Criticism and research

Beginning with the first concerts in Warsaw and Berlin, Szymanowski’s work evoked a great deal of interest from Polish and foreign critics, although often it gave rise to continuous controversies and polemics. These took place both before the First World War, and during the period of Poland’s independence. Some valued his work and regarded him as the greatest Polish artist of his day; others did not understand him, and attacked him for his reforming activities at the Conservatory. However, he was not destined to enjoy for long the reputation as the one who restored European standard to Polish music. After the Second World War, during the domination of socialist realism, Szymanowski’s music was viewed one-sidedly, acknowledging the value of only those works based on stylisation of folklore, regarded as the pinnacle of the composer’s creative development. This led to his earlier works, including Symphony No. 3 and King Roger, being underrated, and meant that for a long time musicological writings carried judgements about the “overcoming” of mysticism and “atonal chaos” in Szymanowski’s final creative period. His idea of nationalistic style was made over to fit Marxist ideology, and Harnasie came to be regarded as a pioneering musical realism composition.
However, paradoxically and in spite of the official view, during the first postwar decade Szymanowski’s works were regularly included in the concert repertory of orchestras and soloists, and were recorded and published by the PWM [State Music Publishing House] (for example, first editions of: the second version of Symphony No. 2, Three songs to words by Dmitry Davydov op. 32, Four songs to words by James Joyce op. 54, Litany to the Virgin Mary to words by J. Liebert op. 59, as well as many re-editions of works published by Universal Edition). Numerous articles in the press, particularly on the tenth anniversary of Szymanowski’s death, provided unfalsified assessments of the composer’s role in the “Europeanisation” of Polish music, and brought much that was new to research on his life and works (including essays by Jarosław Iwaszkiewicz, Stanisław Golachowski, Stefan Kisielewski, Zbigniew Drzewiecki, Zygmunt Mycielski, Jan Prosnak, as well as reminiscences by Zdzisław Jachimecki, Mieczysław Rytard, Zofia Nałkowska and others). Scholarly research, begun even before the war by Jachimecki (the first monograph on the life and works of Szymanowski, dating from 1927), Józef M. Chomiński and Stefania Łobaczewska. From 1940, Stanisław Golachowski was collecting and keeping secure Szymanowski’s autographs, documents and mementoes. The collection, kept originally in the Golachowski apartment in Łódź, was handed over to the Museum Collections Department of Warsaw University Library in 1961, where new items are being added to it on a continuous basis. 1948 saw the publication of a small monograph on Szymanowski by Golachowski, and the biographical material he collected was published in 1960 (Studia nad twórczością Karola Szymanowskiego [Studies on the Music of Karol Szymanowski, edited by Józef M. Chomiński). Łobaczewska’s work, published in 1950, was a summing up of the then-available knowledge about the life and work of the composer, but it was mainly she who contributed to the socialist realist interpretation of the folkloristic-nationalistic current in Szymanowski’s music. The three-part series of analytical studies of Szymanowski’s music by Chomiński, Studia nad twórczością Karola Szymanowskiego (1936, 1948), was also completed in that period. The rhythm of anniversaries of the birth and death of the composer kept bringing new publications; conferences and scholarly theses were devoted to his work. With time, however, views on Szymanowski’s significance for the development of Polish music underwent a change. In particular, the thirtieth anniversary of Szymanowski’s death provided an opportunity for re-evaluation. From the point of view of the avantgarde, Szymanowski’s music appeared almost anachronistic when compared to that of his contemporaries: Webern or Varese. Bogusław Schäffer (“Współczesność” 1967) expressed the opinion that “Szymanowski’s powerful individuality barred the path of a quest for new values for young composers, and thus delayed the development of Polish music”. This extreme view, not at all widespread but important as a “sign of the times”, did not, however, interrupt further, intensive research into the life and works of Szymanowski. A turning point in this respect was the initiative of publishing the Collected Works of Karol Szymanowski (under the editorship of Teresa Chylińska, whose collaborators included Adam Neuer, Adam Walaciński, Alistair Wightman, Zofia Helman) in two series: Polish (Polskie Wydawnictwo Muzyczne) and German-English (PWM in co-production with Universal Edition and Max Eschig). The monumental edition of Szymanowski’s Correspondence (editing and commentary by Teresa Chylińska), as well as his Musical Writings (edited by Kornel Michałowski) and Literary Writings (edited by Teresa Chylińska) provides a summing up of the research and constitutes a veritable compendium of knowledge about the composer’s biography and the reception of his music up to 1937.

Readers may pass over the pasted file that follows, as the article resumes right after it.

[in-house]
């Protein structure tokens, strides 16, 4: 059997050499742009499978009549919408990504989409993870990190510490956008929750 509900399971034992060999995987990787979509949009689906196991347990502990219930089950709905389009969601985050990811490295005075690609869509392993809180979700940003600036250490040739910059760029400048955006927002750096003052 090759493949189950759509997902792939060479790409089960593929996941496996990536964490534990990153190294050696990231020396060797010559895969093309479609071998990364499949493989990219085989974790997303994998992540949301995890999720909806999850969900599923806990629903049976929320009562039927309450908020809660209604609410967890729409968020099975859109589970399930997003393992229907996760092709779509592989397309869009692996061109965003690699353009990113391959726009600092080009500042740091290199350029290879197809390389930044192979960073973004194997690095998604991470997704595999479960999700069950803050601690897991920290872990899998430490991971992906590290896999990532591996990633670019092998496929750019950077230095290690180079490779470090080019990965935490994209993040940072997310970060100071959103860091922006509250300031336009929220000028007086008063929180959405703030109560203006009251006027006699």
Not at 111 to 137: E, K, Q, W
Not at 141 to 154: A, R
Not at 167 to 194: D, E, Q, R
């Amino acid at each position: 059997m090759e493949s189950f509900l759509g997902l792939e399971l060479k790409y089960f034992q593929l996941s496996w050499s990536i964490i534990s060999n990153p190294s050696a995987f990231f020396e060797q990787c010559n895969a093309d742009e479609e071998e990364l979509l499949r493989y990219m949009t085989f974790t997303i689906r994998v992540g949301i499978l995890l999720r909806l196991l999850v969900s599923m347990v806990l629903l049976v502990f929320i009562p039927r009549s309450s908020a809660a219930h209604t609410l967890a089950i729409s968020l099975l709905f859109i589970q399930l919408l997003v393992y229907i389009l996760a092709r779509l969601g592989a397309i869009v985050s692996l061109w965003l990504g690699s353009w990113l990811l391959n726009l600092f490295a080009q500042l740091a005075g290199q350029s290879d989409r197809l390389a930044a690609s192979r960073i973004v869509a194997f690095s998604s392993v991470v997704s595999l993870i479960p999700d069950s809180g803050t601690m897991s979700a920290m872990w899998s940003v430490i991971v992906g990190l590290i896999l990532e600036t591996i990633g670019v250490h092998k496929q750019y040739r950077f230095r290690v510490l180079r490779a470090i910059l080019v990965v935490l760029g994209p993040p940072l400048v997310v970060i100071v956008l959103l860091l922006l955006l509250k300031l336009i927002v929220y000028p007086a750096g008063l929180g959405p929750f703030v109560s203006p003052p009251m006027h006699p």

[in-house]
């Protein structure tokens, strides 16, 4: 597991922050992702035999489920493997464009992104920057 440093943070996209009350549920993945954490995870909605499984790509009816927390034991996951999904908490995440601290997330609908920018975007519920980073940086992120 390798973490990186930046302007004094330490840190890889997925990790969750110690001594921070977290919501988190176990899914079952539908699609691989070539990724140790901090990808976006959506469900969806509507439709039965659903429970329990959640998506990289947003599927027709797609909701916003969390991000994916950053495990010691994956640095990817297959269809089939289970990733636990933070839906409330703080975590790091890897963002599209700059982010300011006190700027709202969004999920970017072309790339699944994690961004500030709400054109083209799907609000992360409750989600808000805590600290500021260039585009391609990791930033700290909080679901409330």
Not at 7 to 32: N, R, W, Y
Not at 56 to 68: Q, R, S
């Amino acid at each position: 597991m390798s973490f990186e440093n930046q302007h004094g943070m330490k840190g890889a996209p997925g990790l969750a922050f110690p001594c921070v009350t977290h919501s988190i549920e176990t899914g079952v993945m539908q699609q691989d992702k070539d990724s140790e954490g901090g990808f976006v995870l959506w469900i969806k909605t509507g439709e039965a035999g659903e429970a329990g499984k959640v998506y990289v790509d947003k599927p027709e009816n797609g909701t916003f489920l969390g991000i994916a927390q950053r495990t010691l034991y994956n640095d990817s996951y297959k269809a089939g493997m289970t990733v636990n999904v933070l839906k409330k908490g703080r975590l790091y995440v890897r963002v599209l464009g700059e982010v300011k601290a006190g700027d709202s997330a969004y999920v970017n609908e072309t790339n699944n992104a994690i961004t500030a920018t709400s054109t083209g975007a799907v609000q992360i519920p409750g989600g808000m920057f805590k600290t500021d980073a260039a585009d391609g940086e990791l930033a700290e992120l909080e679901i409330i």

In 1974, owing to a social initiative led by Jerzy Waldorff, the villa “Atma” in Zakopane was bought and turned over to the National Museum in Kraków. The Karol Szymanowski museum in “Atma” was opened on 6 March 1976. In March 1977, the Days of the Music of Karol Szymanowski were inaugurated in Zakopane, on the fortieth anniversary of the composer’s death. 1978 saw the formation of the Karol Szymanowski Musical Society in Zakopane, and in 1996 the Karol Szymanowski Foundation, which annually awards the Karol Szymanowski Prize, was formed on the initiative of Zdzisław Szakiewicz (husband of Szymanowski’s niece, Krystyna born Grzybowska, daughter of Zofia Szymanowska).